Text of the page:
FDA Approved Inhalers
Inhalers that are approved for use by the Food and Drug Administration (FDA) in the United States can be classified into two categories: metered dose inhalers (MDIs) and dry powder inhalers. Metered dose inhalers are usually used as asthma rescue inhalers or reliever medicines. There are breath-actuated autohalers such as pirbuterol acetate (ex. Maxair Autohaler), which releases the medication when you breathe in which is convenient because one does not need to coordinate actuation with inspiration, and there are non breath-actuated pressurized inhalers such as albuterol sulfate (ex. ProAir-HFA) in which the medication is released by pushing the canister down into the holder. HFA stands for hydrofluoroalkane and because the FDA has banned the use of chlorofluorocarbon (CFC) based propellants, companies have stopped using CFCs and started using HFA based propellants instead. As of 2012, the following inhalers have been phased out because of this FDA ban on the use of CFCs: Tilade Inhaler (nedocromil), Alupent Inhalation Aerosol (metaproterenol), Azmacort Inhalation Aerosol (triamcinolone), Intal Inhaler (cromolyn), and Aerobid Inhaler System (flunisolide).
Metered dose inhalers contain different types of medication. There are short acting beta agonist inhalers such as ProAir, Maxair, and Xopenex. These inhalers are used as rescue inhalers and they provide quick relief by opening the airways. Xopenex contains the active form of albuterol with less of the effects of albuterol inhalers because it tends to cause less jitteriness (a common albuterol side effect) in patients than albuterol sulfate inhalers. They are best used for treating sudden asthma attacks but they can also be used before exercise for those who suffer from exercise-induced asthma.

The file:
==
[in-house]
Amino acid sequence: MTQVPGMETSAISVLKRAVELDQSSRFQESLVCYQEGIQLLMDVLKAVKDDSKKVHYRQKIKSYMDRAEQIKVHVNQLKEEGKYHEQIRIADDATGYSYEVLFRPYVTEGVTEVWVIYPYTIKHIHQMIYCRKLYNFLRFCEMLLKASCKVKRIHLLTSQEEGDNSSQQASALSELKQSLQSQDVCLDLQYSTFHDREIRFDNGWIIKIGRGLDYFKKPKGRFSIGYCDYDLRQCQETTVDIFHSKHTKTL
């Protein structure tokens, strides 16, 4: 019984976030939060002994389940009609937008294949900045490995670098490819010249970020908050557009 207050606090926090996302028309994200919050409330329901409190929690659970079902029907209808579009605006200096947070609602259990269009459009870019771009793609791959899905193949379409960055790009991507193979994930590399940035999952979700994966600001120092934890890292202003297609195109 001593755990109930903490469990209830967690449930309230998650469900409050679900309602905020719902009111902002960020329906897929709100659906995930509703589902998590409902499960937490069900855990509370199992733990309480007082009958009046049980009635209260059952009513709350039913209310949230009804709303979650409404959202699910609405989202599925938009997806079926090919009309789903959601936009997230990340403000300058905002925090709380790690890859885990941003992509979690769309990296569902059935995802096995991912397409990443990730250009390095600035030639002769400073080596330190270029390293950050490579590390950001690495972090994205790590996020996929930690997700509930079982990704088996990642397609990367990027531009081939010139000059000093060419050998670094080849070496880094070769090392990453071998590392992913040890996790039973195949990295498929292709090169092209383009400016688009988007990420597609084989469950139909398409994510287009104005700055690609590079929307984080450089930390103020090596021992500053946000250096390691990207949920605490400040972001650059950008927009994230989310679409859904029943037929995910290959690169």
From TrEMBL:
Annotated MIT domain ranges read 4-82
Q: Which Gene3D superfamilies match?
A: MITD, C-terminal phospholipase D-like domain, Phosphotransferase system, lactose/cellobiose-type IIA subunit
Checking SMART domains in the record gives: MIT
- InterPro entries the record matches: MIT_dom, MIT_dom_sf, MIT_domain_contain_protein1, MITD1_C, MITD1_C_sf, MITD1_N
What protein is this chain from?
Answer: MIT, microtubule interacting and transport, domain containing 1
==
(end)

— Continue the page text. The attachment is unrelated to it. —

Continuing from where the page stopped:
There are also long acting beta agonist inhalers (LABA) such as Serevent and Foradil and these inhalers provide asthma control and should never be used as a rescue inhaler. They can be used with inhaled corticosteroids (ICS) such as Azmacort, Pulmicort, and Qvar for long-term control of asthma symptoms. There are also inhalers such as Advair HFA and Symbicort that are a combination of LABA and ICS and are used for patients with more chronic asthma that is not controlled with other medications. Other drugs like ipratropium (Combivent, Atrovent) etc are also available in MDI forms. All of these inhalers are bronchodilators.
Some of the above-mentioned inhalers also come as dry powder inhalers (DPIs). These are a group of inhalers that have the medication in very fine dry powder format. They are classified into single dose devices, multiple unit dose devices and multi dose devices. Single dose devices such as a Handihaler, Rotahaler, Aerolizer etc. require the patient to insert a dose of medication into the device before inhaling. For example Spiriva Handihaler, though commonly used as a chronic obstructive pulmonary disease (COPD) inhaler it is also occasionally used for asthma treatment and it involves inserting a capsule into the device, pressing a button on the device that pierces the capsule, then breathing in the powder contained in the capsule through the mouthpiece.
Multiple unit dose devices contain multi dose blister packs coiled inside the inhaler that are to be punctured before inhalation. An example of this is Relenza Diskhaler which is used for allergic rhinitis. Multidose devices such as a Diskus (ex. Advair Diskus), Twisthaler (ex. Asmanex), and Flexhaler (ex. Pulmicort) contain all the doses in a reservoir and it is delivered after proper inhalation.
More recently, it has become easier to buy inhalers because of the introduction of over the counter (OTC) inhalers. Primatene mist inhalers (epinephrine inhalers) were sold as OTC inhalers but because they use chlorofluorocarbons (CFCs), which are harmful to the ozone layer and are no longer approved by the FDA, they have been taken off the shelves.